I also focused on skills to know the effectiveness of data, reliability, and orientation. My qualifications to disable students constitute courage, patience, and discipline. I worked with devotion and made an aim to help SEN students in their verbal and oral communications. My knowledge about disabled students’ curriculum and work is based on the enhanced understanding, encouragement, and involvement in critical activities of the class. I understood that identifying information explained in the text is necessary to validate for its accuracy. I worked to flexible the class organization, hence getting the ability to differentiate the learning process.
Many academic professionals and educational researchers have focused on skills, knowledge, and experience related to teachers for SEN students. Moka (2014) has explained that cooperation skills development is necessary for teachers because they will work to get common objectives. Student learning can be increased with the use of specific language, diagrams, and pictures because it stimulates visual and auditory stimuli. Active involvement of teachers is essential for the successful implementation of educational strategies. Toliman (2016) focused on critical activities that students undertake with the participation of teachers. Due to a teachers’ understanding, culture, and education, students aspire and are encouraged to participate in different activities. Wood & Ross (1974) contrasted the idea of professional development because the acquisition of skill in a child is related to a high level of cognition, and a teacher tends to solve the issues students face.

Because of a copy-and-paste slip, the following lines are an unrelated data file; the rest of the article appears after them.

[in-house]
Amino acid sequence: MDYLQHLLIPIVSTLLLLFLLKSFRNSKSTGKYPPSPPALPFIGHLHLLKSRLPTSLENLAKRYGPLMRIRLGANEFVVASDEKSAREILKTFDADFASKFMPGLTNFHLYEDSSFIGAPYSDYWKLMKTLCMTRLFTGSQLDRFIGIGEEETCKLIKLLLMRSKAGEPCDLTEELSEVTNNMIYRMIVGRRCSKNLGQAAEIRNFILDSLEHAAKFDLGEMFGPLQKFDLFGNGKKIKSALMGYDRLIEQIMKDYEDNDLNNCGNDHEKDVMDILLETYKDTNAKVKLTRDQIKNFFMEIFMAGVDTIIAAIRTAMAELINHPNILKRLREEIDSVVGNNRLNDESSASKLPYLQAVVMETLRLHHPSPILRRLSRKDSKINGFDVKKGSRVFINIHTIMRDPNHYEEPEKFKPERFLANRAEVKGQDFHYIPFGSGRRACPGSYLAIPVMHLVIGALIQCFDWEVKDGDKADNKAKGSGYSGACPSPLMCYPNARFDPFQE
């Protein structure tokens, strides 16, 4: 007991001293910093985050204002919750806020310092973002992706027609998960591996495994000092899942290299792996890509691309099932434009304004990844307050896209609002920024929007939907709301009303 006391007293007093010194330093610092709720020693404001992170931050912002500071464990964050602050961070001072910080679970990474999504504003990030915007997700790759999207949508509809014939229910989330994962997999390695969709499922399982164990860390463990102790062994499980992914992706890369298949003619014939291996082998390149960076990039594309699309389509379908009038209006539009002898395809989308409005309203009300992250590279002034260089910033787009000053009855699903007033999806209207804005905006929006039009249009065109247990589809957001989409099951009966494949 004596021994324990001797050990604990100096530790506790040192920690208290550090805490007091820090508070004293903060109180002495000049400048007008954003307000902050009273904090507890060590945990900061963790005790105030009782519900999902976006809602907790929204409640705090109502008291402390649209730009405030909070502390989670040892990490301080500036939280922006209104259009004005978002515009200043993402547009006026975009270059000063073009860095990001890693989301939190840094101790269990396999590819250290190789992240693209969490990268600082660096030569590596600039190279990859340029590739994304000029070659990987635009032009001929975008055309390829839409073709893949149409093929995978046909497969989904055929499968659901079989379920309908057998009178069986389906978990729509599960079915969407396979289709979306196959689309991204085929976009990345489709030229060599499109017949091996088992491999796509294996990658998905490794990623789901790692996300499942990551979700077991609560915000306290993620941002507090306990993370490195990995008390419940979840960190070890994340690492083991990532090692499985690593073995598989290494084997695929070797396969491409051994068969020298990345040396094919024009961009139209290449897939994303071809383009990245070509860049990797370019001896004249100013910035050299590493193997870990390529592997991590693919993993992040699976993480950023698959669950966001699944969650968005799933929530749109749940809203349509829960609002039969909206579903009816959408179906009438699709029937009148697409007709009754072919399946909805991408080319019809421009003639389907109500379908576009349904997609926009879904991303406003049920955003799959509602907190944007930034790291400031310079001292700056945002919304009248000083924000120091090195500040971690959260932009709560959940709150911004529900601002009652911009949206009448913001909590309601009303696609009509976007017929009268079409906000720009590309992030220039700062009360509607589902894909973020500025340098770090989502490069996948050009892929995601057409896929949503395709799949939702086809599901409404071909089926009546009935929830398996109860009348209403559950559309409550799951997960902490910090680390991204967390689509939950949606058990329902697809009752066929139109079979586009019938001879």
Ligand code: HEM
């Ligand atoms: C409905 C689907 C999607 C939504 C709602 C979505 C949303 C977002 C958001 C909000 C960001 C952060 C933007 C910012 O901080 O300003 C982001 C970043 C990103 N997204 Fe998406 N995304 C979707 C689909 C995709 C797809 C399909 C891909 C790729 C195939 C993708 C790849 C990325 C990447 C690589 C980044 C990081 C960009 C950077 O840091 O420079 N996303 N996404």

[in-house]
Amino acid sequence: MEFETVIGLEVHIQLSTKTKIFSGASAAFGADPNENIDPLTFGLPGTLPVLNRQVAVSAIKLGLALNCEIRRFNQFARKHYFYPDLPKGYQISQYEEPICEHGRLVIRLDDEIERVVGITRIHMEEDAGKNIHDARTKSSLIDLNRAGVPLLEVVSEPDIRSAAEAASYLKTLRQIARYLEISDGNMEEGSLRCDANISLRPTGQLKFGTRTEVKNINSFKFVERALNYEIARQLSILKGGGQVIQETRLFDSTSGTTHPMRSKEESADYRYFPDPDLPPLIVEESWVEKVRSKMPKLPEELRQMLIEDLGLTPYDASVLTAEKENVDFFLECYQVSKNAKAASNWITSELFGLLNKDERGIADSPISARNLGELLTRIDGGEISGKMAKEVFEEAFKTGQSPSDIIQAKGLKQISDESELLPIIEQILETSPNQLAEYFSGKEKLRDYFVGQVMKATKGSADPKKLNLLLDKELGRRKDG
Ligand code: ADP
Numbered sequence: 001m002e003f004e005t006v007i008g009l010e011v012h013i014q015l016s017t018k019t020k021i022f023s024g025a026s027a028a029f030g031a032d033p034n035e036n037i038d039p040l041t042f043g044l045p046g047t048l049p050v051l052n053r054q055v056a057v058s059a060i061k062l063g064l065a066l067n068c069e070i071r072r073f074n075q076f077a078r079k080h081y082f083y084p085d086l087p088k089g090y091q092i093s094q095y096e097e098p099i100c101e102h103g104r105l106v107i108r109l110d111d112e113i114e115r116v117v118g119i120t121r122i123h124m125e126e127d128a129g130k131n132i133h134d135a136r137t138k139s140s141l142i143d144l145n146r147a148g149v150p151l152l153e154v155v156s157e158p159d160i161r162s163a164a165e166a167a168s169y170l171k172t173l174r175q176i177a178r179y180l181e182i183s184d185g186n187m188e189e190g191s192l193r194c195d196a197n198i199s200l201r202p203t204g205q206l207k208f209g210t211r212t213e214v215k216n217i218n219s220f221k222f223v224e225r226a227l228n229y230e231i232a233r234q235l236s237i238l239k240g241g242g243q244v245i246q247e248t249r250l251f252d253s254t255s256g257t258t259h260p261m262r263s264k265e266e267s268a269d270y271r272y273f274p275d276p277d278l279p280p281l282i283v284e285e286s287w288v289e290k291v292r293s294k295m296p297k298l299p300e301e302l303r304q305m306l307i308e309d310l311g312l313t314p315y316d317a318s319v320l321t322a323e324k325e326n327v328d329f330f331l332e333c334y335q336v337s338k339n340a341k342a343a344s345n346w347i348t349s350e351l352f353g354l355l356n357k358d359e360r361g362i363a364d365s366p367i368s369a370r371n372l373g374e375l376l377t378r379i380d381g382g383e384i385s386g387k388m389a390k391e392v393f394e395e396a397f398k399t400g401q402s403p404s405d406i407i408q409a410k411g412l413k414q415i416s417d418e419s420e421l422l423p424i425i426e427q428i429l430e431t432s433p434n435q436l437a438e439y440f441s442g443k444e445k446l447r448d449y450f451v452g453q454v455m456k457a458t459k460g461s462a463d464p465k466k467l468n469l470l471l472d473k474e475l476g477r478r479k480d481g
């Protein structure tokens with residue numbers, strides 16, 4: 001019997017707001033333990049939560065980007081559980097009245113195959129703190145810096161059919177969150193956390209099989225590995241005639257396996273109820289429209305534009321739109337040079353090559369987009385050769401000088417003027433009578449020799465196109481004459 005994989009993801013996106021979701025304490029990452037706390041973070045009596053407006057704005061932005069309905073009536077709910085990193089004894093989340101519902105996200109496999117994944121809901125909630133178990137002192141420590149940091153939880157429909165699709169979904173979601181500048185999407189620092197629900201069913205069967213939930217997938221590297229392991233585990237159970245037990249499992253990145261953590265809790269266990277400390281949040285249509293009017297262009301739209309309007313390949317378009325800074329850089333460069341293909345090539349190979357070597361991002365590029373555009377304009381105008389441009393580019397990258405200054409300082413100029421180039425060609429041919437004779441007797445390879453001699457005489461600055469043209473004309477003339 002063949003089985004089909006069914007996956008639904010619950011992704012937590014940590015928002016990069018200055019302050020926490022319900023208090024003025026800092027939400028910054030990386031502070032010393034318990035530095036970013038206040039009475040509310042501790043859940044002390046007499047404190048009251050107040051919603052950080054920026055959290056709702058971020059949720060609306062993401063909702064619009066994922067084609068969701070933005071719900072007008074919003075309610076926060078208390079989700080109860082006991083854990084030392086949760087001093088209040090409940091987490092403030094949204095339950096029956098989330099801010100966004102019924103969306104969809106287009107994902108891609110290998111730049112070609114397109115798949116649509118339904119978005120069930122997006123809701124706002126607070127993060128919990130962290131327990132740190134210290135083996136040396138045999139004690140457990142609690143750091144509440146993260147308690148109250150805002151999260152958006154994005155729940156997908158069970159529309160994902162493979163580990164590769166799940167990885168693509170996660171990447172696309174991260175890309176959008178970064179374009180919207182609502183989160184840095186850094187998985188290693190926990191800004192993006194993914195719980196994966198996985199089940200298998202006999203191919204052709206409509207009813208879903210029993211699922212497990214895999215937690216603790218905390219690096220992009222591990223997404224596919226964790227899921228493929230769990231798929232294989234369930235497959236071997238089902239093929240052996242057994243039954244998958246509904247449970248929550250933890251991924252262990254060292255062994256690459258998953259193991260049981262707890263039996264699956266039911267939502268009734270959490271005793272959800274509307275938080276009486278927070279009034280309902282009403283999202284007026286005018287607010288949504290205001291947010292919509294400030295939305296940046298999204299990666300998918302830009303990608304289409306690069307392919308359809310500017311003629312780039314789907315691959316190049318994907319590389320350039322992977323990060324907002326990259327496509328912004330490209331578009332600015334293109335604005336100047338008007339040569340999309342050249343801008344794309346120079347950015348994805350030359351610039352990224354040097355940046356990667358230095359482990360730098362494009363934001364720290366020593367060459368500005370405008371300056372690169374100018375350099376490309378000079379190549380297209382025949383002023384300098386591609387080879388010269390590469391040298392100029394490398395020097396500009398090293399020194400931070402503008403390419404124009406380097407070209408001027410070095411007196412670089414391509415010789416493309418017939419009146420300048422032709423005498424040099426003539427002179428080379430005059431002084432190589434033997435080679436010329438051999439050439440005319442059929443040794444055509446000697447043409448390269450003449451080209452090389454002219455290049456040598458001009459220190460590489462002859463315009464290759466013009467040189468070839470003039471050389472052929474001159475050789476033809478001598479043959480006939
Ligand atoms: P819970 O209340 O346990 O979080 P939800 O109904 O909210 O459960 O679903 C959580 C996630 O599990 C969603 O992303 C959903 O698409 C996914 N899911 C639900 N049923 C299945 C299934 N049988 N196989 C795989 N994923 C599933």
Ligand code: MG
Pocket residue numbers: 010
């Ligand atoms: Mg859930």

Petersen (2014) mentioned that understanding a teacher about different types of students is different, and this varies with the increase inexperience. It mainly undertakes problem-solving and thinking the approach to address key S.E.N. issues. Bloom (1974) discussed the idea of professional education development and its relationship with understanding. It mainly depends on the psychology of teachers to learn and understand the key issues that disable children are facing. If teachers orient a psychological connection with children, they can enhance the process of learning.